In absentia of news making-events in relations between the U.S. and Russia, the media is ready to stir up and speculate on any tiny occurrence.
There is no change in Russia’s stance on the international agenda. It demands respect, equality and multipolarity. The West remains Russia’s needed partner. Whatever the tensions between the sides, Russia will never close the doors of the opportunity for de-escalation. The absence of the U.S. or European countries on the greetings list could be a bad sign, but their presence is an absolutely ordinary phenomenon. The Middle East, despite its absence in the list of recipients of New Year Greetings, is a very attractive dimension for the Russia’s foreign politics and 2015 will be very fruitful in this sense. BRICS countries are Russia’s strategic partners needed for building multipolarity, so disliked by the West. The post-Soviet territory remains an area of vital national interest. This was the case in previous years, and this will be the case next year and for decades to come.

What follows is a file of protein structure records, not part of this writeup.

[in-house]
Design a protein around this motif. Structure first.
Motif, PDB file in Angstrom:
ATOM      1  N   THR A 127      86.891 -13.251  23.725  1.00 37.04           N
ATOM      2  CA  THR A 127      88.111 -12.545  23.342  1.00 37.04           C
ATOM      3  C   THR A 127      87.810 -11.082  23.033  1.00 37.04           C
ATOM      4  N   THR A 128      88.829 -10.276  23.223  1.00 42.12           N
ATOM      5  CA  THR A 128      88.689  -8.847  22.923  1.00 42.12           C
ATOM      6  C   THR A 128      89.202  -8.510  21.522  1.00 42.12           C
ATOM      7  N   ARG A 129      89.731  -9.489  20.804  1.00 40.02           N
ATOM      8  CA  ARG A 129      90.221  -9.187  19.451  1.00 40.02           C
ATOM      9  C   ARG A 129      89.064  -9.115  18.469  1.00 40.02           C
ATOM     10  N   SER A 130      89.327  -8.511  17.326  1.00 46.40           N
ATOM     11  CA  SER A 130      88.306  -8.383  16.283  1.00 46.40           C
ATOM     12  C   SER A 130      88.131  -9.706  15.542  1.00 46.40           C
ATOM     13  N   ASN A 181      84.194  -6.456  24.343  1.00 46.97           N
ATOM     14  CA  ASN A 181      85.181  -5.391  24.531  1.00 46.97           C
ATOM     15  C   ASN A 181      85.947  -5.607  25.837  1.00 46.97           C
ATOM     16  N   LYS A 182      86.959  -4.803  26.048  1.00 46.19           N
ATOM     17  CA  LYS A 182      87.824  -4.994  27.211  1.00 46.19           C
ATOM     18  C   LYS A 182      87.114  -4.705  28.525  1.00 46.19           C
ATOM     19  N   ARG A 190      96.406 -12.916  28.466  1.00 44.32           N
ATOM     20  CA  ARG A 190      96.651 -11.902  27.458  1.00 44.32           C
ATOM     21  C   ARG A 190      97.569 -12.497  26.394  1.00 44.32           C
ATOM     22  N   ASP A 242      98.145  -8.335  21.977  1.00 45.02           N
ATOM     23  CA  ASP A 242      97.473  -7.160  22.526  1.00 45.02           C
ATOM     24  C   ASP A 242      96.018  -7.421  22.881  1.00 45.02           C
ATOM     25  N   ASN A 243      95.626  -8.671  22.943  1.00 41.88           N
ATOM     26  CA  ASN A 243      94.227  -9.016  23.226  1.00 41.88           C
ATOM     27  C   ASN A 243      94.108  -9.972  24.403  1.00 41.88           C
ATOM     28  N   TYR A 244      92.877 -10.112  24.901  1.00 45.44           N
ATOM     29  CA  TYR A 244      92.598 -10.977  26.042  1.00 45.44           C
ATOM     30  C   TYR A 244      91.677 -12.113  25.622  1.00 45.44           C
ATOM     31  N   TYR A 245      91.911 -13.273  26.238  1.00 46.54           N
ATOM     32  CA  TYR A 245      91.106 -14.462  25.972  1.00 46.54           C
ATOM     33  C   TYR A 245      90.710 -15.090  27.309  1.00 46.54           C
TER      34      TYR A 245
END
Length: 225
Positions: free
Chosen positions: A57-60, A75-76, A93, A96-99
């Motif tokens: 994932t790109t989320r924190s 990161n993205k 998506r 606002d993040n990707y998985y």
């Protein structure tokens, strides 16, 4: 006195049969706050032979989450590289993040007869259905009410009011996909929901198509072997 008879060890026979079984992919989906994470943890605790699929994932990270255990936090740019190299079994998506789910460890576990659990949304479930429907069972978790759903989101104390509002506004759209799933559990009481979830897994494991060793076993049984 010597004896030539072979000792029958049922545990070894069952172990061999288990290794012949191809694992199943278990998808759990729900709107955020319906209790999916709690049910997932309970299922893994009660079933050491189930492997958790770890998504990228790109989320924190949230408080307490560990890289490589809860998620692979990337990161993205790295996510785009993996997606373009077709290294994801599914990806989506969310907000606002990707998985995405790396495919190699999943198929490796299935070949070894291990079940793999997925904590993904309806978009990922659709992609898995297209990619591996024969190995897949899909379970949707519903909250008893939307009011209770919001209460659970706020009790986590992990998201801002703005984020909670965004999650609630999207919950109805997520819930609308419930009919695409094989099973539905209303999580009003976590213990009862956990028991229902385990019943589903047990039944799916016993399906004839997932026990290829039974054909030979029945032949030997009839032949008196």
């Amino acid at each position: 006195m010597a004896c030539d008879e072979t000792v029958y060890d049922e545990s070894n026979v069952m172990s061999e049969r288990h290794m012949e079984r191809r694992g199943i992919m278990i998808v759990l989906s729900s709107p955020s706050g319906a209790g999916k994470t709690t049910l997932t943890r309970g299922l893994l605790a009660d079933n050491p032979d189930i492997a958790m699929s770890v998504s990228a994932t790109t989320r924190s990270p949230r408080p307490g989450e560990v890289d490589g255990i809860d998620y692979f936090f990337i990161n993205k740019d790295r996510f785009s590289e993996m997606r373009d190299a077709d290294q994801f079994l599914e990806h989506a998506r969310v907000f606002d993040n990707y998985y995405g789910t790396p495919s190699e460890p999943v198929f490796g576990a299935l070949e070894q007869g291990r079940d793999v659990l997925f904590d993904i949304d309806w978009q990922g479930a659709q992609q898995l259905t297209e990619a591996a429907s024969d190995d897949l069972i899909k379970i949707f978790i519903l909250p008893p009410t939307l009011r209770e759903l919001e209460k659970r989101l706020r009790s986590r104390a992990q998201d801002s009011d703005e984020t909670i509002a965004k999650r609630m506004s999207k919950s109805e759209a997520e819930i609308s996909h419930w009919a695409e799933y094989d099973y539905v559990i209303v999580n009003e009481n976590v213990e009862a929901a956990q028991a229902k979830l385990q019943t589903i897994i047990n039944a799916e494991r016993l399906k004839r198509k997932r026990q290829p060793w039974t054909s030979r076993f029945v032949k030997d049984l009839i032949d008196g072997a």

Maria Dubovikova is a co-founder of IMESClub (International Middle Eastern Studies Club), IMESClub Executive Director and member of the Club Council, author of several scientific articles and participant of several high level international conferences. She is a permanent member of the Think-tank under the American University in Moscow. Alumni of MGIMO (Moscow State Institute of International Relations (University) of Ministry of Foreign Affairs of Russia) (honors diploma), she had been working for three months as a trainee at the French Institute of International Relations (IFRI) in Paris. Now she is a PhD Candidate at MGIMO (Department of International Relations and Foreign Policy of Russia). Her research field is Russian foreign policy, especially in the Middle East, the policy of France and the US towards the Mediterranean, theory of international relations, humanitarian interventions and etc. Fluently speaks and writes in French and English. She can be followed on Twitter: @politblogmeSHOW MORE